It’s not what you thought when you first began it.
— Aimee Mann
Despite whatever you keep hearing about the economy, ideas are our real currency. As good post-industrialists, we continue to advance into a world of unreality — a universe that exist only in an increasingly abstract sense.
Money is instructive here: we’ve moved from coins we viewed as intrinsically valuable (which of course, they weren’t), to printing which was clearly contains a symbolic valuable, into credit cards, and now into online transactions. This is a way we can grasp how universally important information is, how easy it is to package it, and when packaged creatively, how easy it is to share it. Even though several forms of storage and transaction are beyond the tangible, it remains true to its original form and intent.
Money’s real strength is that people want it. A question worth asking is ‘Why?’
Money is desired because it facilitates both freedom and power. Ideas can do that, too. If your idea is not perceived as valuable in some important way, why would people ever work towards it?
Most people frustrated about the lack of traction their ideas get, simply haven’t worked out how to make them important to other people. That’s where the hard work starts!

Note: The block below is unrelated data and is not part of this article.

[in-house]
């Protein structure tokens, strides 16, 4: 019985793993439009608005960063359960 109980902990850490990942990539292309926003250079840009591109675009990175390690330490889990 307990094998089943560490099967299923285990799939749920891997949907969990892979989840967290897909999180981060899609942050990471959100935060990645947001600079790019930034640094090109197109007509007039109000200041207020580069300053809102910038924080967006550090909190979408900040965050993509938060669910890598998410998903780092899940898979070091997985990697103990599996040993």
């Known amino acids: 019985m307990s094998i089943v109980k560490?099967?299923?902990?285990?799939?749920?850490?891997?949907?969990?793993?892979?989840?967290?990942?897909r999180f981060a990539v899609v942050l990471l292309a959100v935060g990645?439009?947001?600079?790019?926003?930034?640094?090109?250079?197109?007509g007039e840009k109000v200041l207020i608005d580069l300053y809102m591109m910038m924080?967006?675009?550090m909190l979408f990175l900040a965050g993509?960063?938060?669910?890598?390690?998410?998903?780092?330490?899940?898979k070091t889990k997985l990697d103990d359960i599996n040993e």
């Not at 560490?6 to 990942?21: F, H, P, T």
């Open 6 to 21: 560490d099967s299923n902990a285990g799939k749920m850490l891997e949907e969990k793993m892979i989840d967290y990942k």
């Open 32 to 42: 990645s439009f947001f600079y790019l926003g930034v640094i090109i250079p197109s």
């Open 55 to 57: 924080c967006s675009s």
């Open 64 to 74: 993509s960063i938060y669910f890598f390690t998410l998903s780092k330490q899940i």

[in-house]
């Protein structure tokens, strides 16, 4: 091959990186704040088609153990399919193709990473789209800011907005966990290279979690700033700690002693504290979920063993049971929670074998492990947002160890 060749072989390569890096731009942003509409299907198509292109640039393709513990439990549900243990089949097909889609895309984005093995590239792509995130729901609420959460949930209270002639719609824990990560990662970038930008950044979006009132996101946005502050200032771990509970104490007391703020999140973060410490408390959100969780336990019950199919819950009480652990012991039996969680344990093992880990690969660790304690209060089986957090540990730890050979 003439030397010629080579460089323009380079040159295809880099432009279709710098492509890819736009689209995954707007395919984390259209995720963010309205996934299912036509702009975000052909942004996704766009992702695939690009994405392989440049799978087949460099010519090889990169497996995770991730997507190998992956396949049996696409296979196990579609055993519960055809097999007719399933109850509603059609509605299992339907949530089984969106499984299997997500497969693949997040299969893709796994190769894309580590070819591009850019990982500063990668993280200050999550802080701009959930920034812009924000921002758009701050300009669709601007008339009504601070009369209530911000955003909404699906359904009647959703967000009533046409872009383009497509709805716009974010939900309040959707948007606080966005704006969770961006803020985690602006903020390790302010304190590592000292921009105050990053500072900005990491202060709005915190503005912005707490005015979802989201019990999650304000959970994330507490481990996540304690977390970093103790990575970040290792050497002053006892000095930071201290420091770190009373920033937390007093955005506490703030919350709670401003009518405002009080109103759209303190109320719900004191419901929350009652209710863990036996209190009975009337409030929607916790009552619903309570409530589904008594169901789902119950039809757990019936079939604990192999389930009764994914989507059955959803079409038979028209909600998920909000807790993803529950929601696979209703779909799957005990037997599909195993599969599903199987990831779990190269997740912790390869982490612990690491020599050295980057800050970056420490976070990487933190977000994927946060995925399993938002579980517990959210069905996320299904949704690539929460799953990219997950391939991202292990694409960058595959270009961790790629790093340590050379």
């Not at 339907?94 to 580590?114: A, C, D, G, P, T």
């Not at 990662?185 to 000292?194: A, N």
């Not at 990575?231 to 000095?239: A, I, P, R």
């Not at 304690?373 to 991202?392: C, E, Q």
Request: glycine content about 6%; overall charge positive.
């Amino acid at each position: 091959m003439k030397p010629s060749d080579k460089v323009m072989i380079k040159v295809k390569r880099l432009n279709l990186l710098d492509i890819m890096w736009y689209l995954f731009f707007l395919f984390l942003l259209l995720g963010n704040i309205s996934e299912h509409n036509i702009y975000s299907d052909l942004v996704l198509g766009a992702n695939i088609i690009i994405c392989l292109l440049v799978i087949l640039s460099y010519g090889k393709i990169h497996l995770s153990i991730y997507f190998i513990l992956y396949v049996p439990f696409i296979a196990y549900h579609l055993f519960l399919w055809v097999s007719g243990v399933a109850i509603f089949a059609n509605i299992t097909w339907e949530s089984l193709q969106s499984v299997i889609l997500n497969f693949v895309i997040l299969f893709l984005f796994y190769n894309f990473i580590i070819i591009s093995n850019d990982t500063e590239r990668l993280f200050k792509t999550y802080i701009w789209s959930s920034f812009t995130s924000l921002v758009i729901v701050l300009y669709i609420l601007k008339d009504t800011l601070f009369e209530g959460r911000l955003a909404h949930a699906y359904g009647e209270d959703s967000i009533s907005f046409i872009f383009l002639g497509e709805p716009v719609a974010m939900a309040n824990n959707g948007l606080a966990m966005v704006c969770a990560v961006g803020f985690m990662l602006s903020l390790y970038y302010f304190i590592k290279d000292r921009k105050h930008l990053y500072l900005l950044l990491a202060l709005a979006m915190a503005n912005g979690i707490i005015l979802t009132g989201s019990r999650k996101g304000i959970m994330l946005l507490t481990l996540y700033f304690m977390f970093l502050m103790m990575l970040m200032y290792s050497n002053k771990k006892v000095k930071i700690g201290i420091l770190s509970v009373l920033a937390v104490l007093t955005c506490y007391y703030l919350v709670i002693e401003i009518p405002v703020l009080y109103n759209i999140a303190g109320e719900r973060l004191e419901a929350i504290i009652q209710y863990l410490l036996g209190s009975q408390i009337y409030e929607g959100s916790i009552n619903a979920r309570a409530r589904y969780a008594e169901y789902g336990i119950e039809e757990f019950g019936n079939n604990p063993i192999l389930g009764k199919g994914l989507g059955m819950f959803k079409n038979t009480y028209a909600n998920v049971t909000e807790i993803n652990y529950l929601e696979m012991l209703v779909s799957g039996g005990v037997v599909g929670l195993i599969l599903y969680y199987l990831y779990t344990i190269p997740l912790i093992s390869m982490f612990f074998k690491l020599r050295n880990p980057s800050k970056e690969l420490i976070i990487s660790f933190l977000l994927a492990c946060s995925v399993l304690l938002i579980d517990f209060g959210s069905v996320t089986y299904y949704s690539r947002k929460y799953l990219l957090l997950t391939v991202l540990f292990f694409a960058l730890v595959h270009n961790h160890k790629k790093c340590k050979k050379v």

After basic needs are met, human beings spend a lot of time absorbed in abstract concepts (so abstract they may not even get articulated regularly):
True worth needs to filter through many of these abstract concepts (not just monetary value). The way these are processed within in each self is noisy — murky and volatile. So imagine what happens when other noisy selves collide and try to begin talking together!
The challenge is for each of us to sift through and evaluate our ideas. Not just on their own, but to give them a comparative value against our other ideas.
The way we arrive at virtue is by prioritisation.
We make choices to operate with the highest, deepest, best values in mind. These are determined internally, within the self, but they are also determined externally, in the context of relationships. That’s where ideas become reality.
We have our work cut out for us!
Strive to make your ideas communicate as effectively as money. You won’t make everyone agree with you. (That’s OK, not everyone agrees on the value of money, either!) You won’t even convince everyone of the value of the conversation. But if you can at least share this value, you and your co-communicators will have a better sense of what it is really about. And when virtue resonates, as it so often does, it will increase the value the self brings into the world.